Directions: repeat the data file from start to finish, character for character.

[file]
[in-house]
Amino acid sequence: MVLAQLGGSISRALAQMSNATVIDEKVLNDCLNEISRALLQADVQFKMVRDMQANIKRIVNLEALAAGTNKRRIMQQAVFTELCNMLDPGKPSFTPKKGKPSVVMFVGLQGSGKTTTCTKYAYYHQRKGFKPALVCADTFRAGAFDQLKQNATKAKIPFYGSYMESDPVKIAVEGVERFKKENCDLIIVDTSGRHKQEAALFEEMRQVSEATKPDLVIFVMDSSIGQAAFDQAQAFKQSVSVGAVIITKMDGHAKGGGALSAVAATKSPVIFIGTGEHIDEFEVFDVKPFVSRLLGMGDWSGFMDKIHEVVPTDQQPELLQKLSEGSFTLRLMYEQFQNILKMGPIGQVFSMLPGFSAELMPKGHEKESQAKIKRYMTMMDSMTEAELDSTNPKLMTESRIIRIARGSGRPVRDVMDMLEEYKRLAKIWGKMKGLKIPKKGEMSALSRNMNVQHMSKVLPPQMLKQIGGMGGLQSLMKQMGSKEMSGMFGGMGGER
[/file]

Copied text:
[in-house]
Amino acid sequence: MVLAQLGGSISRALAQMSNATVIDEKVLNDCLNEISRALLQADVQFKMVRDMQANIKRIVNLEALAAGTNKRRIMQQAVFTELCNMLDPGKPSFTPKKGKPSVVMFVGLQGSGKTTTCTKYAYYHQRKGFKPALVCADTFRAGAFDQLKQNATKAKIPFYGSYMESDPVKIAVEGVERFKKENCDLIIVDTSGRHKQEAALFEEMRQVSEATKPDLVIFVMDSSIGQAAFDQAQAFKQSVSVGAVIITKMDGHAKGGGALSAVAATKSPVIFIGTGEHIDEFEVFDVKPFVSRLLGMGDWSGFMDKIHEVVPTDQQPELLQKLSEGSFTLRLMYEQFQNILKMGPIGQVFSMLPGFSAELMPKGHEKESQAKIKRYMTMMDSMTEAELDSTNPKLMTESRIIRIARGSGRPVRDVMDMLEEYKRLAKIWGKMKGLKIPKKGEMSALSRNMNVQHMSKVLPPQMLKQIGGMGGLQSLMKQMGSKEMSGMFGGMGGER